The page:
Powerful Somali warlord Hussein Mohammed Aideed has been named and sworn in as a deputy prime minister.
Hussein Aideed is the interior minister as well as deputy PM
His rival for the post, Mohammed Qanyare Afrah, has also been sworn in as national security minister.
The appointments complete the cabinet in the most serious attempt to impose order on a country carved up by rival militias during the past 13 years.
"Let us go back home and face the realities on the ground... and rebuild Somalia," the new prime minister said.
Mr Aideed, who is home affairs minister as well as third deputy prime minister, is the son of the late General Mohamed Farah Aideed, who US forces vainly tried to capture in 1993.
The swearing-in ceremony was held in neighbouring Kenya, because it remains too dangerous for them to be based in the capital, Mogadishu.
Deputy Prime Minister: Mohammed Abdullahi "Sifir" Jama
Deputy Prime Minister, Home Affairs Minister: Hussein Aideed (Mogadishu warlord)
Deputy Prime Minister: Shaykh Adan Madobe
Foreign Minister: Abdullahi Sheikh Ismail
Finance Minister: Salim Aliyow Ibrow
National Security Minister: Mohammed Qanyare Afrah (Mogadishu warlord)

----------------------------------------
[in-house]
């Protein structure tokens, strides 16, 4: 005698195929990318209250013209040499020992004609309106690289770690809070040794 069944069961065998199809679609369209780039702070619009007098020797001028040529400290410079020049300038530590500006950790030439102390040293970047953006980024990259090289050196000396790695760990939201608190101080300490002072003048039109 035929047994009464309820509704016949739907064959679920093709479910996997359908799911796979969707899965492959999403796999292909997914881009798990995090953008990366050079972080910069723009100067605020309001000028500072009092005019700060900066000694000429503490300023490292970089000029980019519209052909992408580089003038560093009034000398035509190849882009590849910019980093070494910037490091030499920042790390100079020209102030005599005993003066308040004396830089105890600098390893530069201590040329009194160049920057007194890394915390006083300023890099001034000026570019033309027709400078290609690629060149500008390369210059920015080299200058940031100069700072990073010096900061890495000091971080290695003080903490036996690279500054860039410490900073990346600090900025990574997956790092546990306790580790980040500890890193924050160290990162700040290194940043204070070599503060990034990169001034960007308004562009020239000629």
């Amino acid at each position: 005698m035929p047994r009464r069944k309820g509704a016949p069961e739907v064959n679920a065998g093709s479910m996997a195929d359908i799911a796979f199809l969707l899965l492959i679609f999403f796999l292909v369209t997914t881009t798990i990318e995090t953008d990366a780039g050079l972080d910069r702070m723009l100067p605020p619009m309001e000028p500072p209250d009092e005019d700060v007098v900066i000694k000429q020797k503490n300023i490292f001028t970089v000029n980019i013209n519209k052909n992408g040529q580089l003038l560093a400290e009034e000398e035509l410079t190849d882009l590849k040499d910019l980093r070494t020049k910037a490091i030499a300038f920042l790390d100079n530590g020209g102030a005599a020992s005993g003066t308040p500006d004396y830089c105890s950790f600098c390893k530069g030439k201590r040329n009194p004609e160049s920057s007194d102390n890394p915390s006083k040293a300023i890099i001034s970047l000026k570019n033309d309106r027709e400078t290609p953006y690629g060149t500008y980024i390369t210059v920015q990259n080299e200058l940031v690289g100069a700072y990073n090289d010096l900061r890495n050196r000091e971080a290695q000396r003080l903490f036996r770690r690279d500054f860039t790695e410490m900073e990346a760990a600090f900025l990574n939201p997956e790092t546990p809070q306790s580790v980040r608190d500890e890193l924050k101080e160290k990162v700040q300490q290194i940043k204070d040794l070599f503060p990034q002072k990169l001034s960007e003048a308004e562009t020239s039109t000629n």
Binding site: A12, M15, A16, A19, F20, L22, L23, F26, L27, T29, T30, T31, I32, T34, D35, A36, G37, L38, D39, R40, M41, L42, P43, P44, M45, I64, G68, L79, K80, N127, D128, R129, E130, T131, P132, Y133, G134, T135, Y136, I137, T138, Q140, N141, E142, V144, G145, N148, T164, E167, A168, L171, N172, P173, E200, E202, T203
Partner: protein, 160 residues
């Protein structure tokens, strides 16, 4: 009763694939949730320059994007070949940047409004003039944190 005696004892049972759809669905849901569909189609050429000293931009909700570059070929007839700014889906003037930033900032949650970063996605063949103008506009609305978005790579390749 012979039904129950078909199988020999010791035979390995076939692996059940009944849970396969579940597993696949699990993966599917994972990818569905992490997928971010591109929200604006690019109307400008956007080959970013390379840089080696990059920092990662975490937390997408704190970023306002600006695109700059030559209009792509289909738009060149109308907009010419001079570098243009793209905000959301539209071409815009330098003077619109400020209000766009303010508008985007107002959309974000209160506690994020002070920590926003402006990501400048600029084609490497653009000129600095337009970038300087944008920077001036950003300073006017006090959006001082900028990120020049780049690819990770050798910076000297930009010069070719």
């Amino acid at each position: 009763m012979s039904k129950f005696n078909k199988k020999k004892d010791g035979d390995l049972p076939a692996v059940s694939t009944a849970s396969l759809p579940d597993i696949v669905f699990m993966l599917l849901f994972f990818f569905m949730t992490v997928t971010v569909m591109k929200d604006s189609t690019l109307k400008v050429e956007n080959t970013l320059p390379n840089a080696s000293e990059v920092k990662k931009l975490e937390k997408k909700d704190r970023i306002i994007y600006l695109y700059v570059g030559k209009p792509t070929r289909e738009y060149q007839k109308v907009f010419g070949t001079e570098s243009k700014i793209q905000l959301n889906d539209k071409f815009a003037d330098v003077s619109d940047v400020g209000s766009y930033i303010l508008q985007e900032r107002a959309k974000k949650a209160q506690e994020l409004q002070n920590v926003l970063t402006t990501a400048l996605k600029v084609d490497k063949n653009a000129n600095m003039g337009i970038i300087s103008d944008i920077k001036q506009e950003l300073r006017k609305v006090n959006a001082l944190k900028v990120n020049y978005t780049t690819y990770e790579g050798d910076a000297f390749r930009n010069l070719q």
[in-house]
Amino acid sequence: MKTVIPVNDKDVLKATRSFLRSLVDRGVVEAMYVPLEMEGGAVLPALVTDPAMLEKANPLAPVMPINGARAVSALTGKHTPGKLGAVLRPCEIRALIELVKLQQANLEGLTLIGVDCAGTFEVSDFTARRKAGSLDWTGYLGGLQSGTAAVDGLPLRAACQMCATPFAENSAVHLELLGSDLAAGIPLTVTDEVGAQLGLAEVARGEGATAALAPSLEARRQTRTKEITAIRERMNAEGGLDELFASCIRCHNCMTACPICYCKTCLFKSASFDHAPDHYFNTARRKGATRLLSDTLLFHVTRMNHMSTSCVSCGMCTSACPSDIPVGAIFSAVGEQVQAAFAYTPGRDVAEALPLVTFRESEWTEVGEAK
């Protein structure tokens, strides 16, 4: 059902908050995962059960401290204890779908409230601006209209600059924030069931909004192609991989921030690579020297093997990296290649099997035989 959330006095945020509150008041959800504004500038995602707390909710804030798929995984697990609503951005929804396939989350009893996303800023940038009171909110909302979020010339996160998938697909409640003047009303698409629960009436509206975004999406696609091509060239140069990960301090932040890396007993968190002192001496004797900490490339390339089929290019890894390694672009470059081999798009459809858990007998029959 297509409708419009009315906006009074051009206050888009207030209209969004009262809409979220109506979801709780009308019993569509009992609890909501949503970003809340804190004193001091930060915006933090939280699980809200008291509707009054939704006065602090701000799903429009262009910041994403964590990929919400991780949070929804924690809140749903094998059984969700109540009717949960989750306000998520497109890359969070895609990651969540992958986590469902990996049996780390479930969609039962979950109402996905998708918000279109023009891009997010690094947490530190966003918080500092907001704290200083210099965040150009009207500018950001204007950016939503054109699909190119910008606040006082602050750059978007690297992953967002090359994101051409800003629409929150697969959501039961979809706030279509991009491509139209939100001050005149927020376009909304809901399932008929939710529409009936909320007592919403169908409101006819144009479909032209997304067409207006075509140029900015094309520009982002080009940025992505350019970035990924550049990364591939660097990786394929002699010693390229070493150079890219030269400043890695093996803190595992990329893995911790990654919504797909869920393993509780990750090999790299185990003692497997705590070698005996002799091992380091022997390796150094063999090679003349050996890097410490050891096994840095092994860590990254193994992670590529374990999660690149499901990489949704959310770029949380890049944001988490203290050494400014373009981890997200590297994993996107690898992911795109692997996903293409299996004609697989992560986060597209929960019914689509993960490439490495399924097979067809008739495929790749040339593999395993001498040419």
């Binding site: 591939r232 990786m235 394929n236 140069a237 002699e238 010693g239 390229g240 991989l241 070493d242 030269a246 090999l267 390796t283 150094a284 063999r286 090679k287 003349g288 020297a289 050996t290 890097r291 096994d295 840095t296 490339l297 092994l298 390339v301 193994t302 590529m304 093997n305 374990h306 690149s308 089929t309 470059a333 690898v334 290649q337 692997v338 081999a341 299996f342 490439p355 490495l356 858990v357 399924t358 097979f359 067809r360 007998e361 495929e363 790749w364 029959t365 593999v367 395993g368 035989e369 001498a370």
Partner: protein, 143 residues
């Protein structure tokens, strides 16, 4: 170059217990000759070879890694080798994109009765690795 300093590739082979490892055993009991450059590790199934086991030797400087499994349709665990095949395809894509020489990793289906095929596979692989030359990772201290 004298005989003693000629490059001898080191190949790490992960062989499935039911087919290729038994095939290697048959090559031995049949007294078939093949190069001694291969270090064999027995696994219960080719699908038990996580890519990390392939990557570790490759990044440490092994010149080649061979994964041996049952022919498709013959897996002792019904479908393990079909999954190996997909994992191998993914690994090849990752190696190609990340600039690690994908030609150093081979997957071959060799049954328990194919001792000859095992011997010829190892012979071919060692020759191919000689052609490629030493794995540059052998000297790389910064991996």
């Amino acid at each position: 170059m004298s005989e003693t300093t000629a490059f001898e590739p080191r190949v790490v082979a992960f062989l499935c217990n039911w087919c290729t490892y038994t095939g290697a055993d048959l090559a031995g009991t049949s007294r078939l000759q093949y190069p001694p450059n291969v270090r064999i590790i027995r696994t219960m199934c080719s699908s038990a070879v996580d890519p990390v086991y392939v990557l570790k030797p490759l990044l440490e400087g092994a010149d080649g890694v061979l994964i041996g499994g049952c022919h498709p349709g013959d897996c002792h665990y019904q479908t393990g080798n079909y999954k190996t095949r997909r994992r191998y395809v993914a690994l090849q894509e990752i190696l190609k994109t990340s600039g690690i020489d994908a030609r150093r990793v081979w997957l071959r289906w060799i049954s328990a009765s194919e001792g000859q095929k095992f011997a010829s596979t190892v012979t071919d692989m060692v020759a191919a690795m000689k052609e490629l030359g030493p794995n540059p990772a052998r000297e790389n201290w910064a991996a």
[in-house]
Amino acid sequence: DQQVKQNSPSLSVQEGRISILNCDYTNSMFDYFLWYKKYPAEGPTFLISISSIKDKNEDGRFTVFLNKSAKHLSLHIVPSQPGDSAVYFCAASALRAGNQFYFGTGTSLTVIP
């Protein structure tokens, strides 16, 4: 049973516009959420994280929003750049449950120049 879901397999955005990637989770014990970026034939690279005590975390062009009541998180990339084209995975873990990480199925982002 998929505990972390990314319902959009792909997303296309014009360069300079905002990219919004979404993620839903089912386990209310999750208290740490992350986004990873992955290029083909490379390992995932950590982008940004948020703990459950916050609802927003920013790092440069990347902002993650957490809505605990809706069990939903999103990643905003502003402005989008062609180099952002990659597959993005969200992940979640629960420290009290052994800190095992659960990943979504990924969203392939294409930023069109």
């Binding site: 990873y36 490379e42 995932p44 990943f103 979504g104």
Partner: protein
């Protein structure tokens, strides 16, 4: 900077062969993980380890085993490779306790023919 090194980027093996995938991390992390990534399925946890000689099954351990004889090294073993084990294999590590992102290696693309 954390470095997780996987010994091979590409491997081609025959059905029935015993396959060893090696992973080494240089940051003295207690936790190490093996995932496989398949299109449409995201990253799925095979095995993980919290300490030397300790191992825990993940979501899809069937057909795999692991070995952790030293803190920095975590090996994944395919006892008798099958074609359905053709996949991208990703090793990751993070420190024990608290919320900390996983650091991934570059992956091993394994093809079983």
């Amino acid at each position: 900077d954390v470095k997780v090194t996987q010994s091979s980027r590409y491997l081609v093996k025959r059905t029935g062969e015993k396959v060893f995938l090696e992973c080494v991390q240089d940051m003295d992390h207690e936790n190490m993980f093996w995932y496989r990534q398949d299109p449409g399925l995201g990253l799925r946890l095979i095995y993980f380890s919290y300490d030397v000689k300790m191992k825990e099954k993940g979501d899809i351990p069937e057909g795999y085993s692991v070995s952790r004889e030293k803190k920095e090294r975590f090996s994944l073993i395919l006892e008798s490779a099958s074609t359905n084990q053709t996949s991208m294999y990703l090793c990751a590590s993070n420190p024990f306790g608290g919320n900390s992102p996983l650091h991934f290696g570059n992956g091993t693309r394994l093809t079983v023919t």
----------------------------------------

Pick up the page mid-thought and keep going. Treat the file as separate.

Minister of Religious Affairs: Omar "Finish" Mohammed Mahmut (Mogadishu warlord)
Agriculture Minister: Hassan Mohamed Nur "Shatigudud" (Baidoa warlord)
Reconstruction Minister: Barre "Hirale" Aden Shire (Kismayo warlord)
Minister of Public Works and Housing: Osman Ali Ato (Mogadishu warlord)
"You cannot justify our presence in Kenya anymore. It cannot be accepted by the host country and international community as well," said Prime Minister Ali Mohammed Ghedi.
Hopes for success for this 13th attempt to form a government are higher because of the backing of neighbouring countries and the involvement of the main warlords.
But the BBC's Mohammed Olad Hassan in Mogadishu reports that some people are upset at the inclusion of so many warlords in the cabinet.
There have been some violent protests against the new team in parts of southern Somalia.
However, the challenges are enormous.
At least 50 people have been killed in the past five days in fighting in central Somalia, according to reports.
And on Monday, a top United Nations official described the scale of suffering in Somalia, which is being largely ignored by the donor community, as a "moral outrage".
Conditions across Somalia are "a moral outrage" says the UN
Jan Egeland, speaking after a visit to parts of Somalia, said that death rates were similar to Sudan's Darfur region, which is getting lots of international aid.
"The death rate among children in some parts of Somalia is five out of 10,000 people (per day)," said Mr Egeland, who heads the UN's emergency relief agency.
"We have to triple what we have today to attend to needs here like we are in Darfur. Life is worth as much in Somalia as it is in Darfur, or in Iraq."
Last year, funding for Somalia was $60m - half of what the UN requested, he said.